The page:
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New Data on Mortgage Lending is Now Available

Adam Rust's picture

Posted October 2, 2009

The Federal Financial Institutions Examination Council (FFIEC) released the new Home Mortgage Disclosure Act records for 2008 this week.  The data, referred to as "HMDA data," covers 14.2 million mortgage loan applications and another 2.9 million mortgage loan purchases on the secondary market.  Want to see what I am talking about? You can download the data here.

The HMDA data is released to help citizens understand how banks and other lenders are working in their neighborhoods.  It was legislated through the Home Mortgage Disclosure Act, and it dovetails within the broader aims of the Community Reinvestment Act.

New legislation is on the table in DC that would counter the shortcomings of this data.  HMDA is broken. 

It can't track subprime lending.  That has not been a concern in the minds of the public in the past, but this recession makes evident why we need tools to empower "the wisdom of crowds" in our mortgage lending system.

About the HMDA data: its makeup and its purpose

HMDA data is the best source of publicly available information for understanding what is happening in our mortgage markets.

There are better data sets.  Those are run by private vendors like Loan Performance or McDash (now in LPS).  Those data sets include some important information that is exclude from HMDA: Borrower FICO, loan-to-value, and debt-to-income are all examples of important descriptors that are excluded from HMDA but still available if you have the cash to purchase it.

The HMDA data does not record when loans are cut into collateralized debt obligations or other exotic transactions that occur downstream.  It only covers the creation and inititial securitization.

Banks often fuss about providing the information.  They argue that it represents a costly regulatory burden, or that it harms the privacy of their clients.  Both of those statements are readily discounted: even the biggest lenders rarely have to devote more than one FTE to the data.  Most banks indicate that their annual costs are in the ballpark of $50,000.  That is chump change when they are rewarding employees with bonuses in the millions.  The privacy complaint is even more two-faced.  Read any disclosure document from a bank and you will see that they reserve the right to sell your information.  The banks don't care about your privacy.  They just want to make sure that they can generate some cash off of your information.

Going back to the earlier description of what is not in the HMDA data, it is worth stating that the purpose of the original Act would be served by a redesign of the data structure.  The HMDA Act was passed in the 70s.  Back then, mortgage lending was a homogenous product.  Most loans were fixed, with reasonable loan-to-value assumptions.  Banks didn't resell mortgages on the secondary market - they held the loans in their portfolio.  That staid and sane model worked.  The HMDA data was designed with those conventions in place.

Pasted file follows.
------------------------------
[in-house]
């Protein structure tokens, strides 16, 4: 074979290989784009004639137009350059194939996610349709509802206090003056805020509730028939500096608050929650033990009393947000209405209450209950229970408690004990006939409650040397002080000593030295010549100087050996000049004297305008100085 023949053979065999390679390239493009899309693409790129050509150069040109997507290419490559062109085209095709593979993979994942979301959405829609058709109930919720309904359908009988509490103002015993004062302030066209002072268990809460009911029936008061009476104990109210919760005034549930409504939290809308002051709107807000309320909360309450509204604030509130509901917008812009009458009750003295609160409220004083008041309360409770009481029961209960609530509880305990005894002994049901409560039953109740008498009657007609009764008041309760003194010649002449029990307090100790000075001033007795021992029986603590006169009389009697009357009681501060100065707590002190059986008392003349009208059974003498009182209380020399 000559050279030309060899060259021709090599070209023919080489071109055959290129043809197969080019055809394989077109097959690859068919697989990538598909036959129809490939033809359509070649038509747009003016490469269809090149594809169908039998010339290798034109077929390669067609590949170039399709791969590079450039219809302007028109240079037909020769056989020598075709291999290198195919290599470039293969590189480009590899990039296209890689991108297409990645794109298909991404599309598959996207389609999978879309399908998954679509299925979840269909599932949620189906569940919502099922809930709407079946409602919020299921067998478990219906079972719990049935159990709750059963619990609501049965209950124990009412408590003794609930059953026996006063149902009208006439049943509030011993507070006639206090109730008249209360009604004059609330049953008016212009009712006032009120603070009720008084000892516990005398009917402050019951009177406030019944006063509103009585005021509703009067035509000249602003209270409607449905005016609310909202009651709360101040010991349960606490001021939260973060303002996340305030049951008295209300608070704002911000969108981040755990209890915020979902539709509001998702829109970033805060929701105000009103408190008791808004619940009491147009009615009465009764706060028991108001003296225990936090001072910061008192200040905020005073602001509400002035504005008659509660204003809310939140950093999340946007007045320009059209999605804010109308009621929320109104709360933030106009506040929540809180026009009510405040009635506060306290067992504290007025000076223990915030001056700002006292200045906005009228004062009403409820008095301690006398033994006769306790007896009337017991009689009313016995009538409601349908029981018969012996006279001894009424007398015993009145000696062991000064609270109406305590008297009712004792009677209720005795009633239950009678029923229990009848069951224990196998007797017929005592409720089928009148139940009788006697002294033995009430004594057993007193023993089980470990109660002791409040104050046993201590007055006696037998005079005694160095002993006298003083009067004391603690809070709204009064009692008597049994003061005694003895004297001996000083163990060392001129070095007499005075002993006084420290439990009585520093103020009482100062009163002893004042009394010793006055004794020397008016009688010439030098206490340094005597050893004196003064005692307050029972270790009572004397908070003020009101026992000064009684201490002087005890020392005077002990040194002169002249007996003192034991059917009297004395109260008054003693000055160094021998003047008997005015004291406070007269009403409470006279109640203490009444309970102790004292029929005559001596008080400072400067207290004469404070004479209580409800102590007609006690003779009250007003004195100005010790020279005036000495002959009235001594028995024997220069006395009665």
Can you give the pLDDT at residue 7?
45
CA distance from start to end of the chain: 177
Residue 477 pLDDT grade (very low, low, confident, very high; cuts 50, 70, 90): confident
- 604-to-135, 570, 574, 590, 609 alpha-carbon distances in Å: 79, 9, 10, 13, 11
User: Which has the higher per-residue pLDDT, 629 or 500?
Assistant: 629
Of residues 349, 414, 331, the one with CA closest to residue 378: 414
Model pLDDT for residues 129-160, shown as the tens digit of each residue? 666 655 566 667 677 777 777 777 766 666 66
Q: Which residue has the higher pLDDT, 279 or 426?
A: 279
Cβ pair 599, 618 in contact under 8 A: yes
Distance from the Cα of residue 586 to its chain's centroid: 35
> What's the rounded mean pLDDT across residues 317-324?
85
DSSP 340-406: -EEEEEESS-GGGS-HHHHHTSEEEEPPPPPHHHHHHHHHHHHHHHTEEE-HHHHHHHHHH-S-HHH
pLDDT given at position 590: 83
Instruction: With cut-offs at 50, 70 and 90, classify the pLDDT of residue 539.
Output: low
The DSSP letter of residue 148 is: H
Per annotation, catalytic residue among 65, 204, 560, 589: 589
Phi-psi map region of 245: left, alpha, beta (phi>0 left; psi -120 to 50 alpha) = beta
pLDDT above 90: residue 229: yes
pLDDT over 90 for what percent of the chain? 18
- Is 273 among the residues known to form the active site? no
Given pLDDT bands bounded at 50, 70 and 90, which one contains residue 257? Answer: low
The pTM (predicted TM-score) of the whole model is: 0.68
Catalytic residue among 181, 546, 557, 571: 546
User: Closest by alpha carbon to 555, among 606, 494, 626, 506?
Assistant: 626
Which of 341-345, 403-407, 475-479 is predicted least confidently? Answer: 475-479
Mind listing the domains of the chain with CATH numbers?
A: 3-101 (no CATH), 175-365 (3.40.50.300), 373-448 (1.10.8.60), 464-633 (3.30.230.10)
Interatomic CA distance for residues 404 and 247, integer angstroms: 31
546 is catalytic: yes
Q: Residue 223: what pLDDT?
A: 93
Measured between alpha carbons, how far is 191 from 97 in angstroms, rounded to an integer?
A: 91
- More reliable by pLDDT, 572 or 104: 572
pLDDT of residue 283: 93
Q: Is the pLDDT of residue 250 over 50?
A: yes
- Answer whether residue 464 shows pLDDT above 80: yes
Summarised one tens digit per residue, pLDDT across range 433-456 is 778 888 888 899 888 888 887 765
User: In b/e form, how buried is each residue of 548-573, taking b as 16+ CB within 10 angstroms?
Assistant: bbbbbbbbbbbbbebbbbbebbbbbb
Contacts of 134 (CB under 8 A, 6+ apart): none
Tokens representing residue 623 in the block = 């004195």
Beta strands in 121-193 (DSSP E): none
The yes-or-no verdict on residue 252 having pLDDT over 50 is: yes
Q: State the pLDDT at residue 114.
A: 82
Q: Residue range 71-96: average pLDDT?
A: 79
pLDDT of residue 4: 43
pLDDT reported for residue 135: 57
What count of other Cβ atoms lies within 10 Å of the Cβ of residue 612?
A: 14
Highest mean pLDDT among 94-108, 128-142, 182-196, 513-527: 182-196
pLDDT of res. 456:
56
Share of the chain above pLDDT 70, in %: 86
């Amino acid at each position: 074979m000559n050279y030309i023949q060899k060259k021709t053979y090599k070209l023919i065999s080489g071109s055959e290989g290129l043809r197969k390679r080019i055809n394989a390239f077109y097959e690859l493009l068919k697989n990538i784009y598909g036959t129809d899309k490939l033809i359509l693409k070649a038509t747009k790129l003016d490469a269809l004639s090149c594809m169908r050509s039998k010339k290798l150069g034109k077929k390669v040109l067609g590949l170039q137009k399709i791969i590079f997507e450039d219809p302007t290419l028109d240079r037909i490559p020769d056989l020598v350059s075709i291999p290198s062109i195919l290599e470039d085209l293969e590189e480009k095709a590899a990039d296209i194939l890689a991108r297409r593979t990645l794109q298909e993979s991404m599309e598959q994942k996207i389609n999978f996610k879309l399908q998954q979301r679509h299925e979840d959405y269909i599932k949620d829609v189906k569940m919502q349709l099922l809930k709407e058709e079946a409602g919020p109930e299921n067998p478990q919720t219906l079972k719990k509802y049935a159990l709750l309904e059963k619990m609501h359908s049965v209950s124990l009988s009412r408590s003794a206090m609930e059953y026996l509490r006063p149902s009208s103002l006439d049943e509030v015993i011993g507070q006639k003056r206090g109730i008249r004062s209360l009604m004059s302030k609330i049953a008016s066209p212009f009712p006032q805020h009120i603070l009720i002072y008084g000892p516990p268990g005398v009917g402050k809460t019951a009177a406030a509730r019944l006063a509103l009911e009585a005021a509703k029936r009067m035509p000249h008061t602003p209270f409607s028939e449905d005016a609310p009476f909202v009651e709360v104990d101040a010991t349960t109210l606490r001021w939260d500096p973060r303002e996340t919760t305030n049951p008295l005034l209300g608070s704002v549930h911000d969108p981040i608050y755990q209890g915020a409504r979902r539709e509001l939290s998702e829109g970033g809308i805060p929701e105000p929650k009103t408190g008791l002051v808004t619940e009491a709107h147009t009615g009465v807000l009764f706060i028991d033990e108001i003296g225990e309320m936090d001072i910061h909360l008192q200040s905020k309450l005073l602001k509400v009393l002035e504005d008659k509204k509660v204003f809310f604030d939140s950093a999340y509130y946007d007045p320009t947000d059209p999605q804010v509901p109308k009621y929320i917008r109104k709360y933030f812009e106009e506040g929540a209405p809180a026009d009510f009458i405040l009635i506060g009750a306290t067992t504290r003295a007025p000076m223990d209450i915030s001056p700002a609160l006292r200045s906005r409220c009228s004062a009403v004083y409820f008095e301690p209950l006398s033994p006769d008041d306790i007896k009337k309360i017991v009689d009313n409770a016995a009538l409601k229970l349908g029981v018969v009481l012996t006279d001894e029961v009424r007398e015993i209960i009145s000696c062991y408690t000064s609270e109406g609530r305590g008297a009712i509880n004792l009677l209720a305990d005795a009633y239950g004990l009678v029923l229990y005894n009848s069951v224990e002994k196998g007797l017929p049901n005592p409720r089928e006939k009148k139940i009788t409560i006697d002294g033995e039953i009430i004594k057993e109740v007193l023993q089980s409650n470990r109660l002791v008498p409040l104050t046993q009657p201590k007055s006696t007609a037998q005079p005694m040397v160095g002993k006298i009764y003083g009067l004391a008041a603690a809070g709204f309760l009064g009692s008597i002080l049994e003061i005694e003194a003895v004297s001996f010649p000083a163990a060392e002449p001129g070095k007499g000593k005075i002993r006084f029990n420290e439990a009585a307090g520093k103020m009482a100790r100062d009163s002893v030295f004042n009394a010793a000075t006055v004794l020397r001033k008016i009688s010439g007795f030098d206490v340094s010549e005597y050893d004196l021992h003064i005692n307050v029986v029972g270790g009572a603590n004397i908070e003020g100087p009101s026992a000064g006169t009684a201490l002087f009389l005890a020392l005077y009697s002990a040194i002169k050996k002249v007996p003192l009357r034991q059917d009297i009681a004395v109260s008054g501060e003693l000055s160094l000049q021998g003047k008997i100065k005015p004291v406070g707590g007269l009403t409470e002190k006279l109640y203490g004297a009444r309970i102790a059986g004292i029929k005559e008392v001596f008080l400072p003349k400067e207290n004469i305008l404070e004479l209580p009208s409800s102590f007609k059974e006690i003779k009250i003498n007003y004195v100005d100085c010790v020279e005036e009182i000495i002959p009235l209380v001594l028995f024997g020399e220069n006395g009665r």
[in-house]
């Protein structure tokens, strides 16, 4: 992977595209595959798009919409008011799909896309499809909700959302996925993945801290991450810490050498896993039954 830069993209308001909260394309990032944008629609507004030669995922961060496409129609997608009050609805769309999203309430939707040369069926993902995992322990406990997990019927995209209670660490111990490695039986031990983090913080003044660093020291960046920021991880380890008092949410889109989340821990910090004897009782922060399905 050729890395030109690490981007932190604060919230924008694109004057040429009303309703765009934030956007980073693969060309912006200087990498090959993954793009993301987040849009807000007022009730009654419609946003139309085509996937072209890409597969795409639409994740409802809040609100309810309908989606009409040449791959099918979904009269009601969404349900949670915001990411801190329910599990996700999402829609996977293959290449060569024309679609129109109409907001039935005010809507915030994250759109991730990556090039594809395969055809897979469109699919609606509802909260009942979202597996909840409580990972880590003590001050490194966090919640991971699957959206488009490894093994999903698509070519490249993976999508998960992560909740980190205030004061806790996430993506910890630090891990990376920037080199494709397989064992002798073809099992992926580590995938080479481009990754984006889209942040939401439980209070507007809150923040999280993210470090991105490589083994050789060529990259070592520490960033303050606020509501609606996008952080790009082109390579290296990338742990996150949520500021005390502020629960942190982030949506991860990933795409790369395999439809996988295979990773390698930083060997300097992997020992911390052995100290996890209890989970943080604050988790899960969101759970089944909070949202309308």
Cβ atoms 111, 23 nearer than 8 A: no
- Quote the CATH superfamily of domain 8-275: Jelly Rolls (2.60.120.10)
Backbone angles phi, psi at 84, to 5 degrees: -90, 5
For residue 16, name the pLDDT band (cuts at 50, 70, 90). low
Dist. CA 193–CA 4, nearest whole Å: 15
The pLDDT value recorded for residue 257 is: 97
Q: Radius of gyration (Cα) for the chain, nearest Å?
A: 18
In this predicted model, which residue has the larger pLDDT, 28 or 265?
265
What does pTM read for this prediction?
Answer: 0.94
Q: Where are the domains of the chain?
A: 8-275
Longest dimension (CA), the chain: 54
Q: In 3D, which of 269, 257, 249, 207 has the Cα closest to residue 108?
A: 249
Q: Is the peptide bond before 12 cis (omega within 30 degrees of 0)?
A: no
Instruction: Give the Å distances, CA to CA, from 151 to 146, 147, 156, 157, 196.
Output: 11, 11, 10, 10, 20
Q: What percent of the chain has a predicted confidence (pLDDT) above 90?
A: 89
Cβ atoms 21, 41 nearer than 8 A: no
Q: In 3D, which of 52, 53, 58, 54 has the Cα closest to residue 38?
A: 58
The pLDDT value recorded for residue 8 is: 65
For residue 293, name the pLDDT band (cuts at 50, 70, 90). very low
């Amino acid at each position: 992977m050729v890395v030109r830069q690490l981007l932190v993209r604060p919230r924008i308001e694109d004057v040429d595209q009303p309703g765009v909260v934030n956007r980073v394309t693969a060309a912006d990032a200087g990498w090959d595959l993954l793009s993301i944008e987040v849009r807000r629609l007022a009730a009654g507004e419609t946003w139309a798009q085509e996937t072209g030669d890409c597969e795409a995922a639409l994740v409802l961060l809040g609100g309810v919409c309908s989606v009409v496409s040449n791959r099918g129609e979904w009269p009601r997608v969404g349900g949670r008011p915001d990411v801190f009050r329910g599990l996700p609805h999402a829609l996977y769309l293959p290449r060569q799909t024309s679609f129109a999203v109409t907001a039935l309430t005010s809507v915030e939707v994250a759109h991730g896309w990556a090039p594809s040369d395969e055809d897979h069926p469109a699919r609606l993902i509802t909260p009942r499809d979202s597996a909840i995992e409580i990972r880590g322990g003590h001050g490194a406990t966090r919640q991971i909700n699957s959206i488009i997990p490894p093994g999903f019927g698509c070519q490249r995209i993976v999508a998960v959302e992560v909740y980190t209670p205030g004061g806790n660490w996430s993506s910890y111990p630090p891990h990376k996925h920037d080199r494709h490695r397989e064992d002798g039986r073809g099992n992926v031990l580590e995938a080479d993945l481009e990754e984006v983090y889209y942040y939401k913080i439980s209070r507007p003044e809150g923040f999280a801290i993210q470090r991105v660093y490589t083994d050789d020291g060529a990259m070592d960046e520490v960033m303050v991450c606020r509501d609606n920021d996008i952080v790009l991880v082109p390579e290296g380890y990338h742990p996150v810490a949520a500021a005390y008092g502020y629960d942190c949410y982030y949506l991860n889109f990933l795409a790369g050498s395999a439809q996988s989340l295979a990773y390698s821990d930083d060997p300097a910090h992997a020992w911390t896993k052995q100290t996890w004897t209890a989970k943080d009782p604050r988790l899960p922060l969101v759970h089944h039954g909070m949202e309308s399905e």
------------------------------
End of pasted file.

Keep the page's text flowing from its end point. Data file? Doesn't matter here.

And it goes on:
Enter subprime lending.  Mortgage lending morphed in the 90s with the advent of all types of exotic instruments.  Financial innovation, as it sychophants at the Fed referred to it, brought new products: interest-only, pick and pay, negative amortization, to name a few.  The idea that a loan would come with a down payment became optional, and lenders broke from the notion that income should be the basis for loan amount.

This got us into a lot of trouble.  Yet for people attempting to characterize the soundness of our system, the HMDA data lagged.

The CRA Modernization Act would update the HMDA data.  Here is a link to a  full paper (download available) on the subject, published by the Federal Reserve in February 2009.  Here are some enhancements:

interest rate: Fixed or Adjustable.  Would indicate if a loan begins as interest-only, if it has negative amortization, or other like features.

  • loan-to-value: would also flag loans with a cash-out feature.
  • debt-to-income.  Would also indicate if lender used stated income underwriting.
  • borrower descriptions: age.
  • terms: length of loan.

There are other data enhancements in the bill.  The general principle seems to be that the public should have some ability to do its own monitoring of how lenders are impacting their community.  The swaths of foreclosures are silent, if graphicly demonstrative, arguments for this change.  If more people could had been able to show the true character of subprime lending, then perhaps regulators would have felt more need to actually do their jobs.

Prospects for the Legislation

Does it need to be said that banks don't want this bill to pass?  Of course they don't - they have responded to this crisis by denying any substantive movements toward accountability.  They want your money (TARP, TALF, et al) and then they want to go back to business as usual.

Nonetheless, more than 50 Congressmen have signed on to support the bill, which is sponsored by Eddie Bernice Johnson (D-Tx).  Mel Watt (D-NC) picked apart one critic during the hearings - it was hilarious.

Plenty of Congressional leaders appear to be ready to give them that chance. At the CRA Modernization Act hearings, half of the conversation focused not on the specifics of the bill, but on ACORN.  There are some splits in their armor, though.  The Act would put independent mortgage companies (Wells Fargo Finance, IndyMac, Countrywide, Ownit.Com) on the same footing as regular banks (Wells Fargo, N.A., Citi, Bank of America).  The bankers like that idea.